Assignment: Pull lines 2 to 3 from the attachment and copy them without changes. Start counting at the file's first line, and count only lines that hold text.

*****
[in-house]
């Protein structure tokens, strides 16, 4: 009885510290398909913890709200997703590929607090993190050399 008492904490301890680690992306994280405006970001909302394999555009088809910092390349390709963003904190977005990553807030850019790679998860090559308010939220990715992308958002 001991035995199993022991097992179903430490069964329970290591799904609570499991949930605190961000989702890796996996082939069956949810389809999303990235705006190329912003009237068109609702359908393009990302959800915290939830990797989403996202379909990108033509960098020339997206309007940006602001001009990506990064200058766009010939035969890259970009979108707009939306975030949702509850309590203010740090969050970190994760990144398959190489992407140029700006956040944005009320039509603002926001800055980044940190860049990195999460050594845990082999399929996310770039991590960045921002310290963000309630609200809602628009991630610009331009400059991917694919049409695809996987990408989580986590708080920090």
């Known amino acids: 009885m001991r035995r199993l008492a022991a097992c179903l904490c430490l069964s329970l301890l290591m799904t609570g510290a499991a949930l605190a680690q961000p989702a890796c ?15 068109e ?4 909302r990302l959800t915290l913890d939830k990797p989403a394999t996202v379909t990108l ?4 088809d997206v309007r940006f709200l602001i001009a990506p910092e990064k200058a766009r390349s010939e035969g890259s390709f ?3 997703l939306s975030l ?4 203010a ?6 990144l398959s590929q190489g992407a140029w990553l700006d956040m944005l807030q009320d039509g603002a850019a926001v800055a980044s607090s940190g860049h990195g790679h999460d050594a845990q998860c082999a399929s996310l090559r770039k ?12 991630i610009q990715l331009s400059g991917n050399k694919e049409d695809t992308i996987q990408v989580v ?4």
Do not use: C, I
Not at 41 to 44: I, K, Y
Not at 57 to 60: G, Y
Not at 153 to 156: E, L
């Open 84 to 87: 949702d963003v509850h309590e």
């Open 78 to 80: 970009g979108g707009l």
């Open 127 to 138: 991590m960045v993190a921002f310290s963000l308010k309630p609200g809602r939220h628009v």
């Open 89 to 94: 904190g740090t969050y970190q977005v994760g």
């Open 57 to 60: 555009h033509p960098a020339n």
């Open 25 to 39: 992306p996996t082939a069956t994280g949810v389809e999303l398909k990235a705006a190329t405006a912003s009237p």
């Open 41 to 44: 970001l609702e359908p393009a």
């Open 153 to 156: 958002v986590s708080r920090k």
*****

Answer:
């Protein structure tokens, strides 16, 4: 009885510290398909913890709200997703590929607090993190050399 008492904490301890680690992306994280405006970001909302394999555009088809910092390349390709963003904190977005990553807030850019790679998860090559308010939220990715992308958002 001991035995199993022991097992179903430490069964329970290591799904609570499991949930605190961000989702890796996996082939069956949810389809999303990235705006190329912003009237068109609702359908393009990302959800915290939830990797989403996202379909990108033509960098020339997206309007940006602001001009990506990064200058766009010939035969890259970009979108707009939306975030949702509850309590203010740090969050970190994760990144398959190489992407140029700006956040944005009320039509603002926001800055980044940190860049990195999460050594845990082999399929996310770039991590960045921002310290963000309630609200809602628009991630610009331009400059991917694919049409695809996987990408989580986590708080920090």
């Known amino acids: 009885m001991r035995r199993l008492a022991a097992c179903l904490c430490l069964s329970l301890l290591m799904t609570g510290a499991a949930l605190a680690q961000p989702a890796c ?15 068109e ?4 909302r990302l959800t915290l913890d939830k990797p989403a394999t996202v379909t990108l ?4 088809d997206v309007r940006f709200l602001i001009a990506p910092e990064k200058a766009r390349s010939e035969g890259s390709f ?3 997703l939306s975030l ?4 203010a ?6 990144l398959s590929q190489g992407a140029w990553l700006d956040m944005l807030q009320d039509g603002a850019a926001v800055a980044s607090s940190g860049h990195g790679h999460d050594a845990q998860c082999a399929s996310l090559r770039k ?12 991630i610009q990715l331009s400059g991917n050399k694919e049409d695809t992308i996987q990408v989580v ?4």